Dog people in Chicago know that Dog Beach is a space of boundless curiosity, delight in strangers, and freedom. Usually dogs live their lives bounded by separate houses, yards, streets; their encounters with each other and the world are multiply controlled. At Dog Beach I never see fights; tensions are quickly dissolved in the sand, the flying feet, and in the sheer multiplicity of dogs.
We human companions exult in our dogs’ romping that so pungently expresses our own love of play. Even when we aren’t partaking of the sniffing, capering, pissing extravaganza, we do loosen up with the other humans on the beach following their dogs around. We are all offleash.
The dog beach is the best analogy I can find to the mode of learning I saw during my night at the San Francisco Exploratorium last Thursday. Hundreds of people running around following their noses, their senses, leaving their marks in sand, in light, in sound waves, reeling past crazy mirrors as omnipresent and enticing as the lake here at Chicago’s Dog Beach. A dazzling display of curiosity.
I had stumbled upon Adult Night at the Exploratorium, which I think much more closely resembles Dog Beach than the usual family experience during the day. While the Exploratorium specializes in “offleash” play, “Adult play” at the Exploratorium is an especially offleash experience. True, kids don’t get enough chances to play and explore, but generally they get more than adults. And adults are cripplingly play-deprived.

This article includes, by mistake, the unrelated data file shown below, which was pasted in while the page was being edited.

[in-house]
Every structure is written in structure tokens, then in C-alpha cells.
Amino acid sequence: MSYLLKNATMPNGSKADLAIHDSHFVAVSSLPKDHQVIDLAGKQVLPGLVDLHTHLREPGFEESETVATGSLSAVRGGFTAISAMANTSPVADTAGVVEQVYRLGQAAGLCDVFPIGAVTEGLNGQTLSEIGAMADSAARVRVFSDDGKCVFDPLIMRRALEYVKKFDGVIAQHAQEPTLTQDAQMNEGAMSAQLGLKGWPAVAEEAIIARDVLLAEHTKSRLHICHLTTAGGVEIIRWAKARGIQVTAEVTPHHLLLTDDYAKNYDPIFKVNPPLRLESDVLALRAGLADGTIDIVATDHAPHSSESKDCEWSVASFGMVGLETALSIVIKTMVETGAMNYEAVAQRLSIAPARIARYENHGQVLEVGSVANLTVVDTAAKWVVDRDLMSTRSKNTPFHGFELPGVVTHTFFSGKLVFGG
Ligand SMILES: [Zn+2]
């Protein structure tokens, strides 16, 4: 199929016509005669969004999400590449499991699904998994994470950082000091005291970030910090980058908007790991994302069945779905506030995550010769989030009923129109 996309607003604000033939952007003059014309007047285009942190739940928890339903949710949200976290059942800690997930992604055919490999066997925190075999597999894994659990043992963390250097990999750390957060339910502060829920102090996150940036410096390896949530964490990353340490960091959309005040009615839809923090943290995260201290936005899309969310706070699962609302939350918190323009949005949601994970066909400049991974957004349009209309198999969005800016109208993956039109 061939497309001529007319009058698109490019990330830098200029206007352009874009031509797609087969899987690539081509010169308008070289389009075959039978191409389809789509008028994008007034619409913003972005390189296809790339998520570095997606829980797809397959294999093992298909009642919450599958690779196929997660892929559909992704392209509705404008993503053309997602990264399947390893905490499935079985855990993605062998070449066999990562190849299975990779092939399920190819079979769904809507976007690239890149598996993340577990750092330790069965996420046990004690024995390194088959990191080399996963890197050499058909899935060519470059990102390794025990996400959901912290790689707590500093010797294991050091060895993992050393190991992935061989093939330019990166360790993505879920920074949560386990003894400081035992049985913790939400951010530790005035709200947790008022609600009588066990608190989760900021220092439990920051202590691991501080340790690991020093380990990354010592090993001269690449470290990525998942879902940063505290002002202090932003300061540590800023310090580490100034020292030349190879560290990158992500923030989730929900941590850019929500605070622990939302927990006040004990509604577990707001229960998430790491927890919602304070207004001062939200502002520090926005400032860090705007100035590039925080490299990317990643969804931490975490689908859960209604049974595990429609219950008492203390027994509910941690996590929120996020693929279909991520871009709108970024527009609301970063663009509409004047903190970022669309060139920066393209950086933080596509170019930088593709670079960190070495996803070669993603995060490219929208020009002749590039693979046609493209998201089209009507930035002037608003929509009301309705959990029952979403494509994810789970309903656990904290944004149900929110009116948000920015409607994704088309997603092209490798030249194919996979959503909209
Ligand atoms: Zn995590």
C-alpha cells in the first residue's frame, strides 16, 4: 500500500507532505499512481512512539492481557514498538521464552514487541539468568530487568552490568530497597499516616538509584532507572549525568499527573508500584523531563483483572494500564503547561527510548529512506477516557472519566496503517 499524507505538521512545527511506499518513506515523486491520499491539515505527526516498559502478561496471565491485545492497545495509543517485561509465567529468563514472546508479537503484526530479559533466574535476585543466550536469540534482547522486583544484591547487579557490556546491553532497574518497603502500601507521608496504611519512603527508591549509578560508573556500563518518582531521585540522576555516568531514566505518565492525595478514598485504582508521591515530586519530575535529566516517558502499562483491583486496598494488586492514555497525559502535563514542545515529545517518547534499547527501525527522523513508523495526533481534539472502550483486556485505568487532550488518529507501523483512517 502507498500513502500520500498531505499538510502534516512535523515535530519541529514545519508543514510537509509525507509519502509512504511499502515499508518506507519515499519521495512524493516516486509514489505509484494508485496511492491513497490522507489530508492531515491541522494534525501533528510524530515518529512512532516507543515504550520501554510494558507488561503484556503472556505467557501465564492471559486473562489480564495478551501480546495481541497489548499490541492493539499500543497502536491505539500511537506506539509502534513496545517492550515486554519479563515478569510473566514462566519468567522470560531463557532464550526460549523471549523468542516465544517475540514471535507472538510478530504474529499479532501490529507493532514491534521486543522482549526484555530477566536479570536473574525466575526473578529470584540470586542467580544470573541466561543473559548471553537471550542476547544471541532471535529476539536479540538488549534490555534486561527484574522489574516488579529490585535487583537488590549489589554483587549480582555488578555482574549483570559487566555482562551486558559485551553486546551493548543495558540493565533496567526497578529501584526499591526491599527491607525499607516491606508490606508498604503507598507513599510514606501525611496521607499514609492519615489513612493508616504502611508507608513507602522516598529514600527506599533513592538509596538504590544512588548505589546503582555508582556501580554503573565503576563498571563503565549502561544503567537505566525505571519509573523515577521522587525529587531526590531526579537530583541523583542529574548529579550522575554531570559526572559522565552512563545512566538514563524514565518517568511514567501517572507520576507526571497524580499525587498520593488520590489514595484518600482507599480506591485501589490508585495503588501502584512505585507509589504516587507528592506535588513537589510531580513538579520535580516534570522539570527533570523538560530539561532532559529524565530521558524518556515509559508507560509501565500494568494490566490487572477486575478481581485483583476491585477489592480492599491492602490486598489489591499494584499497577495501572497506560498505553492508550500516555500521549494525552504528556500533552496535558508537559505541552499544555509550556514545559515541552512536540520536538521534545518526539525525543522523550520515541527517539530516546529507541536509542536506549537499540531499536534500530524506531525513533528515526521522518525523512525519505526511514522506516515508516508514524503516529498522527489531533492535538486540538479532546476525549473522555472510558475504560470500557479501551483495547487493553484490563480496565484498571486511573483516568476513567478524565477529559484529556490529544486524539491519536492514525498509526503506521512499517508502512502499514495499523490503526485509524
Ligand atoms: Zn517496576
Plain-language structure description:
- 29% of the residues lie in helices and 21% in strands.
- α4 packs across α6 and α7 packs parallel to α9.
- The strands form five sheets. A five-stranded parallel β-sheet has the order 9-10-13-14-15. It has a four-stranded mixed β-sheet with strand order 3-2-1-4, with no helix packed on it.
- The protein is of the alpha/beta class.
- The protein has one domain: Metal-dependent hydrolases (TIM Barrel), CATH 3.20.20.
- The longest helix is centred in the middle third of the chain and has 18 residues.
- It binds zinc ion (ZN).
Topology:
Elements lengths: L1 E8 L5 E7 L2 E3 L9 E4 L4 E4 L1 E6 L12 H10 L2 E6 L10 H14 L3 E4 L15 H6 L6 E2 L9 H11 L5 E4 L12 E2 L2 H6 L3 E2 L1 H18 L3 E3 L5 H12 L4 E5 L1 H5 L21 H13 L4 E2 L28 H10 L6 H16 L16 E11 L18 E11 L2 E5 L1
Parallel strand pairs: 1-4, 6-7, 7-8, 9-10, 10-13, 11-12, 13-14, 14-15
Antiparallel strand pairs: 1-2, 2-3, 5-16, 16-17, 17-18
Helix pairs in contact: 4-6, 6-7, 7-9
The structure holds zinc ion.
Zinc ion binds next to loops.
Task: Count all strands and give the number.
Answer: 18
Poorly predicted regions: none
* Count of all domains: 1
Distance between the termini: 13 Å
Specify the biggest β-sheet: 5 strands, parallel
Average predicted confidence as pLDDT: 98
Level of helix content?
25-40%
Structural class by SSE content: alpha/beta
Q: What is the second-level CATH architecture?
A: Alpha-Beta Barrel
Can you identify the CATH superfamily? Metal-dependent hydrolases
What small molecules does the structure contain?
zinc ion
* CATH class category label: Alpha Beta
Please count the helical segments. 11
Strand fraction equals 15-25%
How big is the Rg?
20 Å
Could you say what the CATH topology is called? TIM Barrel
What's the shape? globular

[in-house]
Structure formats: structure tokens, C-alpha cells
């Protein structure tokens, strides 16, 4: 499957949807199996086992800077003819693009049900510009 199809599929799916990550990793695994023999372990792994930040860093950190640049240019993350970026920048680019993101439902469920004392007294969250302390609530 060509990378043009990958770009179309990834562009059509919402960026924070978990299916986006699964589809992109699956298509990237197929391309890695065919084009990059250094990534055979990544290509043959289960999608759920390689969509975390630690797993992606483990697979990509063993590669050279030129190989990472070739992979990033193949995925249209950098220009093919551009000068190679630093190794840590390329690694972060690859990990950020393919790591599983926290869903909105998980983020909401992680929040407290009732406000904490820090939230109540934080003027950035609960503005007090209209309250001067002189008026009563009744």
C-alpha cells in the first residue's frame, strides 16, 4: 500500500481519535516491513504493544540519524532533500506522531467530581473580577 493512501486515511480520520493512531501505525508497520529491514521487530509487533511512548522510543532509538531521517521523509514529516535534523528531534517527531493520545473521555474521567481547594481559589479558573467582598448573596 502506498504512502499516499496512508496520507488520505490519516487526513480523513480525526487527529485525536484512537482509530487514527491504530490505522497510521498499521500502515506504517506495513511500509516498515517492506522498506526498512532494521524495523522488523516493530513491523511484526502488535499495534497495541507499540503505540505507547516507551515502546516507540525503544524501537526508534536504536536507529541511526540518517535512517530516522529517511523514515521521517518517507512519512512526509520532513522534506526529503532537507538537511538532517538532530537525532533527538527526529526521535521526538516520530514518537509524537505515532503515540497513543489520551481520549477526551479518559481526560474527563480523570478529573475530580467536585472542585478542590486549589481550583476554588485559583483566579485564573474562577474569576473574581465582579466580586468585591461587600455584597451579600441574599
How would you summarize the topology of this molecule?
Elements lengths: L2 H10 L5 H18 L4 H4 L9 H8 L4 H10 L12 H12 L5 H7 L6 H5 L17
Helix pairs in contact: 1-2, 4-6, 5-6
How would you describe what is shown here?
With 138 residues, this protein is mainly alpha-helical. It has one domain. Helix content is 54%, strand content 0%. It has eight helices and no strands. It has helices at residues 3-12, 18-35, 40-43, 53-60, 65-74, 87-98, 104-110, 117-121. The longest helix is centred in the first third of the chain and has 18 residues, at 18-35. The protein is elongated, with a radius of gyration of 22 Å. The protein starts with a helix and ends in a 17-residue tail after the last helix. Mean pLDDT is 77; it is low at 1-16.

For me it was a novelty to be at the Exploratorium without kids in tow, observing, wandering, listening, touching – just taking it all in. I realized how habitually I formulate, distill, analyze, express – focusing on output and not a whole lot on input.
Back in schools, we teachers also habitually concern ourselves with the output of our students; the economy of learning in this country dictates that the value of inputs is measured by output.
Play defies this economy. Play is input that resists measurable conversion into output. This doesn’t mean the input just sits there though. When I look at some of the ripples of the input of my childhood experiences of the Exploratorium, I realize they are actually waves – forceful and generative. For example, playing with the many different kinds of mirrors in the Exploratorium, the way faces and bodies merge, shift, and multiply, entered into my developing understanding of multiple and overlapping identity. It drew me to be fascinated by complexity and ambiguity, and attentive to patterns – interests that enable me to keep learning.
There is an extravagance and dignity to the activity of taking in without having to put out right away. It is vital that people have as much access as possible to exploration that is not constricted by forced output and rigid measurements, whether they be tests for children or evaluations for adults. Even in places like Chicago, sorely lacking an Exploratorium, we can trust in “offleash” play to help our children — and we adults — grow as human beings.